King Solomon, according to the Bible, built the walls of “Hazor, Megiddo [and] Gezer” (1 Kings 10:15). Six-chambered monumental gates very similar in design have been uncovered at Hazor, Megiddo and Gezer (see photos, below). Until recently, archaeologists generally agreed that all of these gates date to the tenth century B.C.E.—to about the time of Solomon (c. 965–928 B.C.E.). Now, however, there are differing opinions. Megiddo excavators David Ussishkin and Israel Finkelstein, for example, have proposed that Megiddo’s gate was built by the dynasty established by King Omri (882–871 B.C.E.) of the northern kingdom of Israel; while the current excavator of Hazor, Amnon Ben-Tor, emphatically dates Hazor’s gate to the tenth century.

William Dever, excavator of Gezer, offers two pieces of evidence for a tenth-century date for the Gezer gate. First, the pottery from Gezer dating to the time of the gate and earlier is all hand-burnished (first photo)—that is, polished by hand with a smooth pebble or bone, producing irregular criss-cross patterns. Hand-burnished pottery is characteristic of the tenth century. Gezer’s destruction levels dating later than the gate, however, contain pottery polished on a wheel, which leaves an even pattern of concentric circles (second photo). Wheel-burnished pottery is characteristic of the ninth century. Dever thus concludes that the Gezer gate dates to the tenth century—though the evidence does not say it was built by Solomon.

Second, Dever suggests that the Gezer gate was destroyed by the late-tenth-century B.C.E. Egyptian pharaoh Sheshonq I during his military campaign in Palestine. After returning to Egypt, Sheshonq, called Shishak in the Bible, carved a victory stela (see the sidebar “The Merneptah Stela: Israel Enters History”) on a wall of a temple of Amun at Karnak. The Bible records that Shishak “took the fortified cities of Judah” (2 Chronicles 12:4). Sheshonq’s own lists claim that he penetrated even further north—conquering, among other cities, Gibeon, Megiddo and Beth-Shean. So it is likely, Dever suggests, that the Gezer destruction—and others—occurred during this invasion.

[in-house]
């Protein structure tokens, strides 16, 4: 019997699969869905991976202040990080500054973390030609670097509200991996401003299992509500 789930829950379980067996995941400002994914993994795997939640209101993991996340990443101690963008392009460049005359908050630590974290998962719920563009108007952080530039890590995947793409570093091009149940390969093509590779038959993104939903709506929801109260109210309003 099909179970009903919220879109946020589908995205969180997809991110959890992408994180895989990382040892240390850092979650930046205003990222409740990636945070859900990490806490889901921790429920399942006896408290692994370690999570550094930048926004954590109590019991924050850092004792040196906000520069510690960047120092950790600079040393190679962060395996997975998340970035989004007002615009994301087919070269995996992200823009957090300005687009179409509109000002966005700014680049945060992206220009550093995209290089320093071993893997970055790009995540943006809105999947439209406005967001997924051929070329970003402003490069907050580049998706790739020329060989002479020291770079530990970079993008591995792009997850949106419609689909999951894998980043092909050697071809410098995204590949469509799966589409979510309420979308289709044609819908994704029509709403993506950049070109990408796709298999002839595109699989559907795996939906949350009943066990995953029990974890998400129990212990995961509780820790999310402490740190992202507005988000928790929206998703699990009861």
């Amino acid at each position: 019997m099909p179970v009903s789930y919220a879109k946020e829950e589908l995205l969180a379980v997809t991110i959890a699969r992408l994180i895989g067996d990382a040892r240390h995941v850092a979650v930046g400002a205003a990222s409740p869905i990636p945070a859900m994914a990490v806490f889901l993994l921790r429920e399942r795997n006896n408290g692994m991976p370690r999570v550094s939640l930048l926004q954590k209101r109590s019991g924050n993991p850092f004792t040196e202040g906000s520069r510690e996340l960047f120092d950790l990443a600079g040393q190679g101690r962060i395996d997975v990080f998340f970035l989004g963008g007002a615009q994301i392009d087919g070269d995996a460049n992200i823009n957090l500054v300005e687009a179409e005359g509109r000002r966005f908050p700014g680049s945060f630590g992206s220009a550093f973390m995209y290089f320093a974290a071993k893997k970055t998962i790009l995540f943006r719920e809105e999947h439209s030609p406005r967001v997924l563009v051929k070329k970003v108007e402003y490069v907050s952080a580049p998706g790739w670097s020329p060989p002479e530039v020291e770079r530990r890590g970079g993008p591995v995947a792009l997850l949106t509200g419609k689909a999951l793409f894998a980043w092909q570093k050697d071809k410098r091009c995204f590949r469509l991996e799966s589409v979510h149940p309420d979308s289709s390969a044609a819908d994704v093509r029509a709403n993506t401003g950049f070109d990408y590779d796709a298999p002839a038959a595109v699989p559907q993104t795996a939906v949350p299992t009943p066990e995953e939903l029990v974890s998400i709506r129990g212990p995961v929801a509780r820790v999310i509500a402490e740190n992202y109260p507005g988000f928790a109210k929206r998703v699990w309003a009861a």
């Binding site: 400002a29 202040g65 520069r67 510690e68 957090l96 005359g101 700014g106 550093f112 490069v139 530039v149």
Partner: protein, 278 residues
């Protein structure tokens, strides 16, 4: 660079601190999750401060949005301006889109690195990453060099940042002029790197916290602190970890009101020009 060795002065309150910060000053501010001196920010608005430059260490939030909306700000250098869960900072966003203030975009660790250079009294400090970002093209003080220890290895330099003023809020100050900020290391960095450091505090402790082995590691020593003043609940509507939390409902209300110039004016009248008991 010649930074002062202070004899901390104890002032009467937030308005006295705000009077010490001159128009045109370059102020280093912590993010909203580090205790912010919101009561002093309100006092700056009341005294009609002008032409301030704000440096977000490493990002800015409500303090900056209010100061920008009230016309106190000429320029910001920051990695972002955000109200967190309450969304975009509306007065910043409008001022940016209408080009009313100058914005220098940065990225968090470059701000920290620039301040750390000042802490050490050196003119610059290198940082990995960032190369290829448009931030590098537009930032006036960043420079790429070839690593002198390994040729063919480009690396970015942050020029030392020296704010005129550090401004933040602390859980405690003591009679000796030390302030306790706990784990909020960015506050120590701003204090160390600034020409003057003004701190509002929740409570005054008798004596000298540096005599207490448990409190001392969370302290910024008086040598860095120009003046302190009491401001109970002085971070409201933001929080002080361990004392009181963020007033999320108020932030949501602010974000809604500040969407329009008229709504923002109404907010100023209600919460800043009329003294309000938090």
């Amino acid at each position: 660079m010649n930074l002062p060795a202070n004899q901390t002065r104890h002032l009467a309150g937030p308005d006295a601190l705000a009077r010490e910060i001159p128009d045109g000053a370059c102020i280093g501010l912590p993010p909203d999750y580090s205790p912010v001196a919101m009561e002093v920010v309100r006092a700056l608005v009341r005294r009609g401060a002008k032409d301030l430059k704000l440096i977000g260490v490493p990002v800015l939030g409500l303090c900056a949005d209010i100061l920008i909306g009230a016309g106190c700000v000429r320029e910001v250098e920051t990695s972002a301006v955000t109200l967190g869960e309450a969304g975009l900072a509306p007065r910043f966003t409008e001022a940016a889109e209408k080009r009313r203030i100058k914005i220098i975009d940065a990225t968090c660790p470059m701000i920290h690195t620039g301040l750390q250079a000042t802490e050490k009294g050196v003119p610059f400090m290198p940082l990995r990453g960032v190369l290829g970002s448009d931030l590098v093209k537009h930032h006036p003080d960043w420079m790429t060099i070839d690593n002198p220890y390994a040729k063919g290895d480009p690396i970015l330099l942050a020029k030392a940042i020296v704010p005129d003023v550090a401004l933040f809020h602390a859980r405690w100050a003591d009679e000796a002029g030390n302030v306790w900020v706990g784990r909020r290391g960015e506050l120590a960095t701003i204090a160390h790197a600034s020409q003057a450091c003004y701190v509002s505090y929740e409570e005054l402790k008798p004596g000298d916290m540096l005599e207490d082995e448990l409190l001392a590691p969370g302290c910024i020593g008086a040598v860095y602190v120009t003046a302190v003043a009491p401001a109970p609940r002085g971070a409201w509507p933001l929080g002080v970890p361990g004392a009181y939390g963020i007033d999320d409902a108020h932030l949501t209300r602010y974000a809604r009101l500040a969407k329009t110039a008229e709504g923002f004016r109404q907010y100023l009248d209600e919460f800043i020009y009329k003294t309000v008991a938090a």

Does it matter whether these gates date to the tenth century? According to the Biblical minimalists, there is no archaeological evidence of a tenth-century B.C.E. Israelite state. From this lack of evidence, they conclude that the Bible’s account of the united monarchy is mere fiction; the stories of David and Solomon’s “empire” were fabricated centuries later to dignify Israel’s past. But if all or some of these almost-identical, monumental gates were erected in the tenth century, then there likely existed a central administrative apparatus capable of organizing and financing such a building project—that is, something like a tenth-century state.